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Comment: Re:Effect of nukes on NEOs (Score 3, Interesting) 272 272

Agreed. The question the article poses presupposes that nuclear devices CAN protect against NEOs. Most research in the field answers the question with a resounding "no". The best use of a nuclear weapon against a NEO would be to detonate several, in succession, to slightly alter the course of the NEO or to change its velocity. But as maroberts intimated, this would have to be done at a significant distance from Earth...probably near or past Jupiter's orbit at a minimum.

Comment: More like 57% effective (Score 4, Insightful) 357 357

According to this poll http://www.harrisinteractive.c..., about 57% of frequent flyers believe the current TSA procedures are making it safer to fly. The other 43% recognize them for the theatrics that they are.

Sure, they find their fair share of fake novelty hand grenades and medieval weaponry in checked baggage. They even once saved a plane from the pudding cup my daughter left in her backpack (which naturally earned her a pat-down). But what the TSA was really doing was keeping a major mode of transportation operational for a brief time of uncertainty. As with all things government, the project's scope began to creep and pockets got lined while we stood in a line to have our pockets felt by a creep.

57% think the TSA is money well spent. That is the metric by which the TSA measures itself.

Comment: Unicorn (Score 0) 392 392

You almost have to stand in awe and wonder at the level of stupidity exhibited by a car company (the brand once synonymous with safety) creating a vehicle that operates with any level of autonomy without basic collision avoidance. Whether human, fire hydrant, light pole, vehicle, or wall; an autonomous vehicle should not be able to proceed should an obstacle be in its way.

Humans are capable of saying and doing all manner of ill-conceived things. It's part of our nature, and we all do something dumb from time to time. But this is an entirely different level. It's a decision so divorced from reality that it's difficult to find a comparison.

It's like an elevator that will move up or down with the doors still open and people half-way through, unless you buy a separate software package to check for that.

Comment: Re:Again? (Score 4, Insightful) 206 206

Creating a business is all about mergers and acquisitions. You build a customer base and become attractive enough to one of the larger players to be gobbled up. The C-level execs all get golden parachutes, the mid-management get completely axed, and the peons see a reduction of 60% and a pay cut; which pays for the parachutes.

In the end, the consumer gets necessarily screwed as there is either a reduction in competition, or a preclusion of competition; unless you own stock in the company being purchased.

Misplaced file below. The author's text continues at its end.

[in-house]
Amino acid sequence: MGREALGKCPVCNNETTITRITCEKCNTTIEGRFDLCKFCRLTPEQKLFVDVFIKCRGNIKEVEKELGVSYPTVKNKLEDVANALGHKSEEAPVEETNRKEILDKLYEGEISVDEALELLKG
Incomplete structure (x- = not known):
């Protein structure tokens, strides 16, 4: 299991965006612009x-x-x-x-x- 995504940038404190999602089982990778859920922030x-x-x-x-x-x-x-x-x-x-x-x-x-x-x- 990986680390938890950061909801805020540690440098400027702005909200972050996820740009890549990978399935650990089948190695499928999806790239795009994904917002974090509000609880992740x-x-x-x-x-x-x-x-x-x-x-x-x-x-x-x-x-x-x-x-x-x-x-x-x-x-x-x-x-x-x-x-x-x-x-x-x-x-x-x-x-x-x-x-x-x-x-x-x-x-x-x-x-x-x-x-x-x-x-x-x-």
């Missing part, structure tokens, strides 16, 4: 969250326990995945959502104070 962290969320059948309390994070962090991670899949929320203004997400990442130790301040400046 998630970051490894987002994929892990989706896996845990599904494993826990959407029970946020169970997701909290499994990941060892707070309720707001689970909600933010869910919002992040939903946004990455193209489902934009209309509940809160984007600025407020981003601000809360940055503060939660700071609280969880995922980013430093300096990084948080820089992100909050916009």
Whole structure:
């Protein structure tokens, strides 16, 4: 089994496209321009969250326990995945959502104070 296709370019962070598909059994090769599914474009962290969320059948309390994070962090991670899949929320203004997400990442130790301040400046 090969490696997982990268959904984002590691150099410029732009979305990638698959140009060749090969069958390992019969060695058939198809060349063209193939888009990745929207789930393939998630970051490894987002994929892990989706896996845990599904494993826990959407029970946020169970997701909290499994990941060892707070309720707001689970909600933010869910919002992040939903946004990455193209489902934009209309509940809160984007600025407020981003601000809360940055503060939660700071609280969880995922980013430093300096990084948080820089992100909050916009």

This has been the predominate business methodology in the U.S. since the mid-80's (admittedly, conjecture on my part), and requires a major shift in thinking to stop this nonsense. But truly, mergers and acquisitions should be the exception not the rule, if fair-market competition is to be nurtured.

Comment: Hanlon's Razor (Score 2) 92 92

My guess is this isn't a case of cherry-picking, it's just that it took them 2-3 years to complete and publish the research. I wouldn't think it takes that long to acquire and study 21 phones, but looking at some of the dates in their paper, maybe it took *them* that long.

I don't think of this as ground-breaking research, it's more like archaeology. Better editorial surrounding the research could have been done in a "See how far we've come since 2013" type of way.

Comment: Re:Government Intrusion (Score 1) 837 837

Average miles driven per year in the US is about 13,500. It varies by gender, age and state (about 11k in Oregon according to carinsurance.com), but there's a strong common-good argument to be made. So at the current rate, that's roughly $200 per driver per year. Just charge that at license plate renewal. Done. Easy-peasy-lemon-squeezy. There's no tracking, no technology, it's cheap to implement and enforce, it doesn't require outside vendors, etc.

This whole thing smacks of big brother, cronyism, pork-barrel spending, and government stupidity. The problem with legislators is that anyone actually smart enough to do the job effectively is working in the private sector. What's that saying? Those who can, do; those who cannot, legislate. It's something like that ;-)

Comment: Re:How to Make "A" LIke "B" (Score 1) 99 99

That's the maker spirit! We learn best with product-in-a-box solutions!

You're not wrong, exactly, but this person appears to be looking for a fun project and to learn a little something in the process. Plus, they're looking to re-purpose existing hardware instead of landfilling it which should be commended.

Lead me not into temptation... I can find it myself.